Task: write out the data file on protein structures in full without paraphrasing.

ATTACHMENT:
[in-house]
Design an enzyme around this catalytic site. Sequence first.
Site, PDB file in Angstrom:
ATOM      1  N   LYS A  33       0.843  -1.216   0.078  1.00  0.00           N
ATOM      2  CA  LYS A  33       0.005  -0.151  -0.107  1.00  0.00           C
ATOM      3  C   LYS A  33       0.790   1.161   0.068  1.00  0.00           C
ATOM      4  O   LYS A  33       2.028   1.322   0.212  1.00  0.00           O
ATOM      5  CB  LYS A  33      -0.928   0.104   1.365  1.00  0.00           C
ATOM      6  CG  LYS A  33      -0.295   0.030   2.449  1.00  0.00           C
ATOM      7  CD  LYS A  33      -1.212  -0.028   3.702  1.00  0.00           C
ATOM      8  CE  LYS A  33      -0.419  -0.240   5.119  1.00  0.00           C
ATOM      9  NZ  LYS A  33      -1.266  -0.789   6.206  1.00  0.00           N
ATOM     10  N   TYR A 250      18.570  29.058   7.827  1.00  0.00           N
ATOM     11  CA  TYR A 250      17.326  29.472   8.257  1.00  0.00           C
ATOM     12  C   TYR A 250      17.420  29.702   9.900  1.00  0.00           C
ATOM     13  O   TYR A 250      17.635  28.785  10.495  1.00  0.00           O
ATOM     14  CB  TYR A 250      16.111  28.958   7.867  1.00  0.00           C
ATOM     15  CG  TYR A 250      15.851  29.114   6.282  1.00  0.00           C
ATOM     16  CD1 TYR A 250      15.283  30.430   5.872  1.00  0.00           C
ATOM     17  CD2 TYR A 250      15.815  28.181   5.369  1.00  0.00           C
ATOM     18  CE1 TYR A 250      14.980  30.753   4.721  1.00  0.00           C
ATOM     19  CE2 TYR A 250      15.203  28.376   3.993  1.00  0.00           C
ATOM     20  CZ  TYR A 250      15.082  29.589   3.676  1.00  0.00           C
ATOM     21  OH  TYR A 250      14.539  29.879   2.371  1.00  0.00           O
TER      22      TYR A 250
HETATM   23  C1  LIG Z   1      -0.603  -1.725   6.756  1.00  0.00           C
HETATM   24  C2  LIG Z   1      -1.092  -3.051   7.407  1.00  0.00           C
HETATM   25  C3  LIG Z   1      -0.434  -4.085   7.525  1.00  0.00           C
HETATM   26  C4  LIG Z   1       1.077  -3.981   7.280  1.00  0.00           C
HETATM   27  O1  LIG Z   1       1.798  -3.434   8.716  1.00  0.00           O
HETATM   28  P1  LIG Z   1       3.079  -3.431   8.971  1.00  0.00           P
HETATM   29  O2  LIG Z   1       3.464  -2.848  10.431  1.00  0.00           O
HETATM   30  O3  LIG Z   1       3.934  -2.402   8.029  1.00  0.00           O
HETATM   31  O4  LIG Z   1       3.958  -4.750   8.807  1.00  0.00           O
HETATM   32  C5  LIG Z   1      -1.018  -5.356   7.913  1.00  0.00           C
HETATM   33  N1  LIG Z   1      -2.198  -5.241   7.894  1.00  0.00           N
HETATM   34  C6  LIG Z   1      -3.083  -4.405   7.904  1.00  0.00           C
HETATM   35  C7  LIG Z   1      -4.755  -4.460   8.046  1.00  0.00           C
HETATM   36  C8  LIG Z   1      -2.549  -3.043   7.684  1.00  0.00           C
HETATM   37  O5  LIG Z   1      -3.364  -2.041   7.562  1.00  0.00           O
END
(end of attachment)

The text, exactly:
[in-house]
Design an enzyme around this catalytic site. Sequence first.
Site, PDB file in Angstrom:
ATOM      1  N   LYS A  33       0.843  -1.216   0.078  1.00  0.00           N
ATOM      2  CA  LYS A  33       0.005  -0.151  -0.107  1.00  0.00           C
ATOM      3  C   LYS A  33       0.790   1.161   0.068  1.00  0.00           C
ATOM      4  O   LYS A  33       2.028   1.322   0.212  1.00  0.00           O
ATOM      5  CB  LYS A  33      -0.928   0.104   1.365  1.00  0.00           C
ATOM      6  CG  LYS A  33      -0.295   0.030   2.449  1.00  0.00           C
ATOM      7  CD  LYS A  33      -1.212  -0.028   3.702  1.00  0.00           C
ATOM      8  CE  LYS A  33      -0.419  -0.240   5.119  1.00  0.00           C
ATOM      9  NZ  LYS A  33      -1.266  -0.789   6.206  1.00  0.00           N
ATOM     10  N   TYR A 250      18.570  29.058   7.827  1.00  0.00           N
ATOM     11  CA  TYR A 250      17.326  29.472   8.257  1.00  0.00           C
ATOM     12  C   TYR A 250      17.420  29.702   9.900  1.00  0.00           C
ATOM     13  O   TYR A 250      17.635  28.785  10.495  1.00  0.00           O
ATOM     14  CB  TYR A 250      16.111  28.958   7.867  1.00  0.00           C
ATOM     15  CG  TYR A 250      15.851  29.114   6.282  1.00  0.00           C
ATOM     16  CD1 TYR A 250      15.283  30.430   5.872  1.00  0.00           C
ATOM     17  CD2 TYR A 250      15.815  28.181   5.369  1.00  0.00           C
ATOM     18  CE1 TYR A 250      14.980  30.753   4.721  1.00  0.00           C
ATOM     19  CE2 TYR A 250      15.203  28.376   3.993  1.00  0.00           C
ATOM     20  CZ  TYR A 250      15.082  29.589   3.676  1.00  0.00           C
ATOM     21  OH  TYR A 250      14.539  29.879   2.371  1.00  0.00           O
TER      22      TYR A 250
HETATM   23  C1  LIG Z   1      -0.603  -1.725   6.756  1.00  0.00           C
HETATM   24  C2  LIG Z   1      -1.092  -3.051   7.407  1.00  0.00           C
HETATM   25  C3  LIG Z   1      -0.434  -4.085   7.525  1.00  0.00           C
HETATM   26  C4  LIG Z   1       1.077  -3.981   7.280  1.00  0.00           C
HETATM   27  O1  LIG Z   1       1.798  -3.434   8.716  1.00  0.00           O
HETATM   28  P1  LIG Z   1       3.079  -3.431   8.971  1.00  0.00           P
HETATM   29  O2  LIG Z   1       3.464  -2.848  10.431  1.00  0.00           O
HETATM   30  O3  LIG Z   1       3.934  -2.402   8.029  1.00  0.00           O
HETATM   31  O4  LIG Z   1       3.958  -4.750   8.807  1.00  0.00           O
HETATM   32  C5  LIG Z   1      -1.018  -5.356   7.913  1.00  0.00           C
HETATM   33  N1  LIG Z   1      -2.198  -5.241   7.894  1.00  0.00           N
HETATM   34  C6  LIG Z   1      -3.083  -4.405   7.904  1.00  0.00           C
HETATM   35  C7  LIG Z   1      -4.755  -4.460   8.046  1.00  0.00           C
HETATM   36  C8  LIG Z   1      -2.549  -3.043   7.684  1.00  0.00           C
HETATM   37  O5  LIG Z   1      -3.364  -2.041   7.562  1.00  0.00           O
END